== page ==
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ARS Home » Southeast Area » Dawson, Georgia » National Peanut Research Laboratory » Research » Publications at this Location » Publication #318929

Research Project: Enhancing the Competitiveness of U.S. Peanuts and Peanut-based Cropping Systems

Location: National Peanut Research Laboratory

Title: Primed acclimation of cultivated peanut (Arachis hypogaea L.) through the use of deficit irrigation timed to crop developmental periods

Author
item ROWLAND, DIANE - University Of Florida
item FAIRCLOTH, WILSON - Dow Agro Sciences
item Payton, Paxton
item TISSUE, DAVID - Western Sydney University
item FERRELL, JASON - University Of Florida
item Sorensen, Ronald - Ron
item Butts, Christopher - Chris

Submitted to: Agricultural Water Management
Publication Type: Peer Reviewed Journal
Publication Acceptance Date: 6/27/2012
Publication Date: 7/12/2012
Publication URL: http://10.1016/j.agwat.2012.06.023
Citation: Rowland, D.L., Faircloth, W., Payton, P.R., Tissue, D.T., Ferrell, J.L., Sorensen, R.B., Butts, C.L. 2012. Primed acclimation of cultivated peanut (Arachis hypogaea L.) through the use of deficit irrigation timed to crop developmental periods. Agricultural Water Management. 113:85–95. doi.org/10.1016/j.agwat.2012.06.023.

Interpretive Summary: Achieving sustainability in global agriculture will ultimately depend on the water resources available to grow crops – whether through adequate and timely rainfall or through efficient irrigation application. Water scarcity and its escalating effects from climate change at present is the main environmental factor limiting crop production worldwide and is likely to remain the most critical barrier to food production in the future. In U.S. agriculture, the issue is further complicated by competition for water resources between urban and agricultural users. To provide sustainable solutions, tools are needed to optimize water application in irrigated systems. Solutions provided to date rely primarily on deficit irrigation (DI) schemes which typically apply less irrigation throughout the season than is lost through evapotranspiration. Field trials were conducted in 2005 and 2006 in Gaines County, Texas on a grower’s peanut field under a quarter section pivot covering approximately 65 ha (Jimbo Grissom Farms). Fifteen irrigation schemes were tested using water application rates of 100, 75, and 50% of typical irrigation amounts for this region (in this case, typical rates were 25–37 mm per week, depending on the pumping capacity during the season, which resulted in 380–560 mm per growing season). Soil moisture was monitored in both years using Watermark Granular Matrix Sensors (Irrometer® Company, Inc.) which measure soil water tension in kPa. Readings were taken by hand approximately 3 times a week during the entire growing season in three of the irrigation treatments: 100–100–100, 75–75–75, and 50–50–50. Due to the constraints of measuring soil moisture in all of the 15 irrigation treatments, these three treatments were chosen to provide quantification of the effect of fullseason DI schemes on soil moisture in comparison to the control (100–100–100). Yield, grade, and economic values were analyzed using Generalized Linear Models (SAS Institute Inc., Cary, NC). Year and irrigation were tested as main effects and for their interaction. Where appropriate, Fisher’s LSD test of means was used to describe difference in treatments. For the in-season crop measurements of NDVI and root measurements, analysis of variance (ANOVA) was performed with appropriate factors for each measurement type and Tukey’s multiple comparisons test were used to separate means when factors were significantly different (SAS JMP, SAS Institute Inc., Cary, NC). Precipitation patterns and ambient temperatures showed greater stress levels in 2006 which likely reduced yields across all treatments in comparison to 2005. Yields were reduced 26 (2005) and 10% (2006) in the lowest irrigation treatment (50% full season) compared with full irrigation (100% full season); but early-season water deficit (50 and 75% in the first 45 days after planting) followed by 100% irrigation in the mid- and late-seasons were successful at sustaining yield and/or crop value. Root growth was significantly enhanced at 50% irrigation compared with 100% irrigation, through greater root length, diameter, surface area, and depth, suggesting greater access to water during mid- and late-season periods. These results suggest that early to mid-season deficit irrigation has the potential to maintain peanut yield without altering quality, and to substantially reduce water use in this semi-arid environment.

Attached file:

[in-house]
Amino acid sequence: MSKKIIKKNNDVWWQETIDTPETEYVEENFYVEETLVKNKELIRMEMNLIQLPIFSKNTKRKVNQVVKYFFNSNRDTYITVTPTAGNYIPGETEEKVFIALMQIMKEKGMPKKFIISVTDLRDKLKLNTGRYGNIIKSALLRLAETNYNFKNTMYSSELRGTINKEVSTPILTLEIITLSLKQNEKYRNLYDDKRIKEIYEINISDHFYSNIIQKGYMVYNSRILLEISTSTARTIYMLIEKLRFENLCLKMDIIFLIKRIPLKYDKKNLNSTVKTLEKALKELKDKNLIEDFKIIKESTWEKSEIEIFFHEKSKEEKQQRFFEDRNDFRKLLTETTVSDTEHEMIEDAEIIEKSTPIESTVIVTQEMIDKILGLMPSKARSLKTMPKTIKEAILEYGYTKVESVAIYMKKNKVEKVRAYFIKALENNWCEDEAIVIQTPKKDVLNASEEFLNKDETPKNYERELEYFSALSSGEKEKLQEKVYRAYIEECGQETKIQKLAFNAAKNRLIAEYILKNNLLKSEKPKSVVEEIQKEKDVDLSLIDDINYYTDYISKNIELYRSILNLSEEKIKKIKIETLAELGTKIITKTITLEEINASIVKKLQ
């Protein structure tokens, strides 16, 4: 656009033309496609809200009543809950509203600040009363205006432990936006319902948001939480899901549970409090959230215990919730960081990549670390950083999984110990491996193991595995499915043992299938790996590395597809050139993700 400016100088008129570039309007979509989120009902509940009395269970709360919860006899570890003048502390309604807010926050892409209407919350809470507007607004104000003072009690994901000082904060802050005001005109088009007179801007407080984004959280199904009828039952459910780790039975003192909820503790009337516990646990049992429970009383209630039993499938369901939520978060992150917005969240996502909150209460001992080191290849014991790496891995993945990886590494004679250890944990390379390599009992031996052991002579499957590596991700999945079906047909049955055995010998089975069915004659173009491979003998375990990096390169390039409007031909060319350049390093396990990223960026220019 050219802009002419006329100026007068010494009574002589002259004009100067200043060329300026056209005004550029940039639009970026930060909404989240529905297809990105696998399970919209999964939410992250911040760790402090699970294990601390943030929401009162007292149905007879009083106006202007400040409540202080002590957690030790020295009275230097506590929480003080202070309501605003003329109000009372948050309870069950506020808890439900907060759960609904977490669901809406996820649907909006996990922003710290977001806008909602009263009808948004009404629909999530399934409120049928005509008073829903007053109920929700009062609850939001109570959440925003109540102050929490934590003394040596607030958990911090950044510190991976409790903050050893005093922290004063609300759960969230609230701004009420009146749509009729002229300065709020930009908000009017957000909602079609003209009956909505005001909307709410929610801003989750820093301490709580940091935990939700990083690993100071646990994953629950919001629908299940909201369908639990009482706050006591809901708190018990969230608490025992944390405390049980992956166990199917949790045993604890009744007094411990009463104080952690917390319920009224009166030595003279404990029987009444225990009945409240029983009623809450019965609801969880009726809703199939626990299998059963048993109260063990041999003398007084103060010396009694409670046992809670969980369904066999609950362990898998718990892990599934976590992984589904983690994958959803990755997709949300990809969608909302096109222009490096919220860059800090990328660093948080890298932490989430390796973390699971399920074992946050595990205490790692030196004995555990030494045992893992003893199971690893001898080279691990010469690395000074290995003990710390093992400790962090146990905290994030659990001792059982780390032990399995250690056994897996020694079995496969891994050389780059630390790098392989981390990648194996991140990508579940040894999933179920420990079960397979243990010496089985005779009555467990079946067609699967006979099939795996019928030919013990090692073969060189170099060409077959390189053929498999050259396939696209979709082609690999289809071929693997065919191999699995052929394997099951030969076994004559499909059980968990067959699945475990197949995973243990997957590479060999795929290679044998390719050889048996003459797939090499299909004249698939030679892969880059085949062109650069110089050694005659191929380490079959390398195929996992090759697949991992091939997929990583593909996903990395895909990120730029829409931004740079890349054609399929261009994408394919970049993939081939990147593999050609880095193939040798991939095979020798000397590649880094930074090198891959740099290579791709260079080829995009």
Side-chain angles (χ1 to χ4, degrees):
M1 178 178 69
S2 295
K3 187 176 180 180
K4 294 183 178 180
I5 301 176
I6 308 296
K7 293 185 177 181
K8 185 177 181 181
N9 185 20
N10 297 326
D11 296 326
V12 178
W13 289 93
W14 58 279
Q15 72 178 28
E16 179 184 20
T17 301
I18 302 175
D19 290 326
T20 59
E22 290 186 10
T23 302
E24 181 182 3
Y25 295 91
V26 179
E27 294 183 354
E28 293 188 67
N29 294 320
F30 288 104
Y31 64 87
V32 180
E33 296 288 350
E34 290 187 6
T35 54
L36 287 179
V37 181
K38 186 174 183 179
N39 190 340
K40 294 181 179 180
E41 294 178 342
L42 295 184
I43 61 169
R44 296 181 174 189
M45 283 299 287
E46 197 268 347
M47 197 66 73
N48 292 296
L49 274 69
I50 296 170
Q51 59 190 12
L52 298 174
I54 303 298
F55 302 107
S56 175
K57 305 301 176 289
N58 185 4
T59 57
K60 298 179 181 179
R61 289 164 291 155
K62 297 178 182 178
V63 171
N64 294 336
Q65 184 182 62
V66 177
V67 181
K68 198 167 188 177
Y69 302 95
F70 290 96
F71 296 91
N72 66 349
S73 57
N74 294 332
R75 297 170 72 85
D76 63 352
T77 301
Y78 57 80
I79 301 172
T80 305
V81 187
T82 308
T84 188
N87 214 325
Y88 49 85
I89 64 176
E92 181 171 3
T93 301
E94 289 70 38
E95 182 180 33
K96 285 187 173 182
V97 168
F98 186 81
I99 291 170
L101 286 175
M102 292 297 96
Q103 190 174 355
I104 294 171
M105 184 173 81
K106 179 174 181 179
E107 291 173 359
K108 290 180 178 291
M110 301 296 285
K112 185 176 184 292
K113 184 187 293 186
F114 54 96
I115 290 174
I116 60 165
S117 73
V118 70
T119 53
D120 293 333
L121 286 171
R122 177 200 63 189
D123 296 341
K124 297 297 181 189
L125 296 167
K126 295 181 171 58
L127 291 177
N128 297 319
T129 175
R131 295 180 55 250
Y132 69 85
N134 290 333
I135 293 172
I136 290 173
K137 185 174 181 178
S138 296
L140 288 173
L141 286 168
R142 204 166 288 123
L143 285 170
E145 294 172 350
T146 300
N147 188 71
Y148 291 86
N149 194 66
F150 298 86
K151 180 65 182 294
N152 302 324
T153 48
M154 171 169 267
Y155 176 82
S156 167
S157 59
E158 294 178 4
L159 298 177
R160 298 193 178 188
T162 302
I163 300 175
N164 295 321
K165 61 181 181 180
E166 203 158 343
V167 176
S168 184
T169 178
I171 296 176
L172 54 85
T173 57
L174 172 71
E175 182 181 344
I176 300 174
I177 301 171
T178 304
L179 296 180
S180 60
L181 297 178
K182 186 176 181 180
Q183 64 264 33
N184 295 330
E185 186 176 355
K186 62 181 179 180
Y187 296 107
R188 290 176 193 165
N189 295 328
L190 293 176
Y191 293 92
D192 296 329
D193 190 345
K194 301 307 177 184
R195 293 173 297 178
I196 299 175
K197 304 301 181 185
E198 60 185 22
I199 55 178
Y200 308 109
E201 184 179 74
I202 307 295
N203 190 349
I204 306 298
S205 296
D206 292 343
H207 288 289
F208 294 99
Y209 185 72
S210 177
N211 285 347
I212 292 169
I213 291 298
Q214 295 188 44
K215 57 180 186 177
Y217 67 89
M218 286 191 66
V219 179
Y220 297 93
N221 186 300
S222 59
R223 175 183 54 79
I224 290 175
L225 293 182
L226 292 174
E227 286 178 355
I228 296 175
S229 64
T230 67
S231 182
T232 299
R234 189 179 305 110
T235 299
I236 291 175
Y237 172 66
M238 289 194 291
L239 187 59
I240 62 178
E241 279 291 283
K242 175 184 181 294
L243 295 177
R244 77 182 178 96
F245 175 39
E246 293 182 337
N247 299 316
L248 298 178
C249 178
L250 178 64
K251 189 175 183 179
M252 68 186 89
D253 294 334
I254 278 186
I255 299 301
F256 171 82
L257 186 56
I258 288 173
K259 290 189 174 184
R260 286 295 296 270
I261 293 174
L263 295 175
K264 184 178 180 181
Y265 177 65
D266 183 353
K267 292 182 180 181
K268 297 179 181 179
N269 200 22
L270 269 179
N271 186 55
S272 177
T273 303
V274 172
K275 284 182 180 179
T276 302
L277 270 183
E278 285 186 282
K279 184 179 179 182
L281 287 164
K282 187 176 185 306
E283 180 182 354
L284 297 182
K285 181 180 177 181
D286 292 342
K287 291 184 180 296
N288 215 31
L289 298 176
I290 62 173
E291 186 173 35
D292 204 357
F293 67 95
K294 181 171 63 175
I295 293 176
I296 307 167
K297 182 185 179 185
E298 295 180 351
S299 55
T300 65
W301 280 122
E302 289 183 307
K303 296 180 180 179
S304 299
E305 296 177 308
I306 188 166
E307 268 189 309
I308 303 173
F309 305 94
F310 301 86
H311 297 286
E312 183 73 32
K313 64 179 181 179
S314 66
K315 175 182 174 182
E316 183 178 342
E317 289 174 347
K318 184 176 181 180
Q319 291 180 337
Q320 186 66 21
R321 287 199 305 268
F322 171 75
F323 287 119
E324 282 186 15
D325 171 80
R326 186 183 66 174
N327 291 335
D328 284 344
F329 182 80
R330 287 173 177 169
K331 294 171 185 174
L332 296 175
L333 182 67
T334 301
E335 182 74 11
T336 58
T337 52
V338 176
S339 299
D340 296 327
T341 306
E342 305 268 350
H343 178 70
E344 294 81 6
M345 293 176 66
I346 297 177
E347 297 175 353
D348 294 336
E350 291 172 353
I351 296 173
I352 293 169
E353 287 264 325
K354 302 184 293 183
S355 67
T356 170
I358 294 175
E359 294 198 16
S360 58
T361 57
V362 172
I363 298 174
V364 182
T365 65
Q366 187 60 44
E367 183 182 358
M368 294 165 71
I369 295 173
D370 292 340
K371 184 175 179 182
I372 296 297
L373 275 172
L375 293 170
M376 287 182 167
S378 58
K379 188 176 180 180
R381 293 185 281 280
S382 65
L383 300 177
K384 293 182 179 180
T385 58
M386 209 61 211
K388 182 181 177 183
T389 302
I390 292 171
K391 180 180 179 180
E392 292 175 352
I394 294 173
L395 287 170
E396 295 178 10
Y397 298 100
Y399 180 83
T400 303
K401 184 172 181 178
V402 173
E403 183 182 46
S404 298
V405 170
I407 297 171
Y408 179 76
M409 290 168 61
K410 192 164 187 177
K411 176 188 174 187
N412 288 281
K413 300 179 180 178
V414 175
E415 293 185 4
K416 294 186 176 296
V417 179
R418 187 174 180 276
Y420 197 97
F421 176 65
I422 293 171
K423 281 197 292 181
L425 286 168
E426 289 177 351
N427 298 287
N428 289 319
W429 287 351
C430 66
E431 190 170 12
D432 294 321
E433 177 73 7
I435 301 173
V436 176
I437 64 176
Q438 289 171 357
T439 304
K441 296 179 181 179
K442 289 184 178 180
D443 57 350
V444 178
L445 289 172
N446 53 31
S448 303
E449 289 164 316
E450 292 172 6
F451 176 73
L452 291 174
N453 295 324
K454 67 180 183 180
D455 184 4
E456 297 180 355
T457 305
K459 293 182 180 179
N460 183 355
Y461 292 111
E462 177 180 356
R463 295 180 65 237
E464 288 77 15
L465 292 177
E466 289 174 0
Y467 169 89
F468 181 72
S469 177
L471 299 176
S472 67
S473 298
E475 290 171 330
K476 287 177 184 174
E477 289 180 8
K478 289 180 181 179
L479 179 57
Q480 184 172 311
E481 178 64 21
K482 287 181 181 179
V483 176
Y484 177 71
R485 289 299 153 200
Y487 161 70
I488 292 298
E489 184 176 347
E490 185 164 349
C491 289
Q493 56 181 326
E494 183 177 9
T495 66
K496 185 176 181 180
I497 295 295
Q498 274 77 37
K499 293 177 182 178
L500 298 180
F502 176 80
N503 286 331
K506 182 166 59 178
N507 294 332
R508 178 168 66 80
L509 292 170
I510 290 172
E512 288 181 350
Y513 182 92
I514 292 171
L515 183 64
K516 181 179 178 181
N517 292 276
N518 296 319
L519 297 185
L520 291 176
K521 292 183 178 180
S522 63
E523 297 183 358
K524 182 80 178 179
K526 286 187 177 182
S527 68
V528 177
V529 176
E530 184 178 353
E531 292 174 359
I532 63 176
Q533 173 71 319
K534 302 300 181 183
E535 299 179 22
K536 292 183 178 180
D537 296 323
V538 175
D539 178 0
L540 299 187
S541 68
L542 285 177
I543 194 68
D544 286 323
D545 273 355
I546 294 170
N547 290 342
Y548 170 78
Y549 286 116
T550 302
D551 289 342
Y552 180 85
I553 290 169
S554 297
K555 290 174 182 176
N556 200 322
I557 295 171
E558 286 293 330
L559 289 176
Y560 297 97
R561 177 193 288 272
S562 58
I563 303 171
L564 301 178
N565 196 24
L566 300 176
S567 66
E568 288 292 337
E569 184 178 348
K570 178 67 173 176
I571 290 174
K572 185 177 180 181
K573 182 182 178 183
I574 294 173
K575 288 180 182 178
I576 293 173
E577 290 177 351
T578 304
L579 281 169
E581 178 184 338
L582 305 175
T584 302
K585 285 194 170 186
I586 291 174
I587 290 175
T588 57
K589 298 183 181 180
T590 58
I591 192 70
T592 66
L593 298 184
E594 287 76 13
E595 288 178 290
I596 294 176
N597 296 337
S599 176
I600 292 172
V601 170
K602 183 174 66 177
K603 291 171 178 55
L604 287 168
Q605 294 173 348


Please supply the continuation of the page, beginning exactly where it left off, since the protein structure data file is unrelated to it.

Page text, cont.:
Technical Abstract: Water-deficits and high temperatures are the predominant factors limiting peanut production across the U.S., either because of regional aridity or untimely rainfall events during crucial crop developmental periods. In the southern High Plains of west Texas and eastern New Mexico, low average annual rainfall (450 mm) and high evaporative demand necessitates the use of significant irrigation in production systems. In this west Texas study, the primary objective was to develop irrigation schemes that maximized peanut yield and grade while reducing overall water consumption. Therefore, a large-scale field experiment was established in 2005 and 2006 that utilized 15 treatment combinations of differing rates of irrigation (50, 75, and 100% of grower applied irrigation) applied at different periods of peanut development (early, middle, and late season). Precipitation patterns and ambient temperatures showed greater stress levels in 2006 which likely reduced yields across all treatments in comparison to 2005. Yields were reduced 26 (2005) and 10% (2006) in the lowest irrigation treatment (50% full season) compared with full irrigation (100% full season); but early-season water deficit (50 and 75% in the first 45 days after planting) followed by 100% irrigation in the mid- and late-seasons were successful at sustaining yield and/or crop value. Root growth was significantly enhanced at 50% irrigation compared with 100% irrigation, through greater root length, diameter, surface area, and depth, suggesting greater access to water during mid- and late-season periods. These results suggest that early to mid-season deficit irrigation has the potential to maintain peanut yield without altering quality, and to substantially reduce water use in this semi-arid environment. (c) 2012 Elsevier B.V. All rights reserved.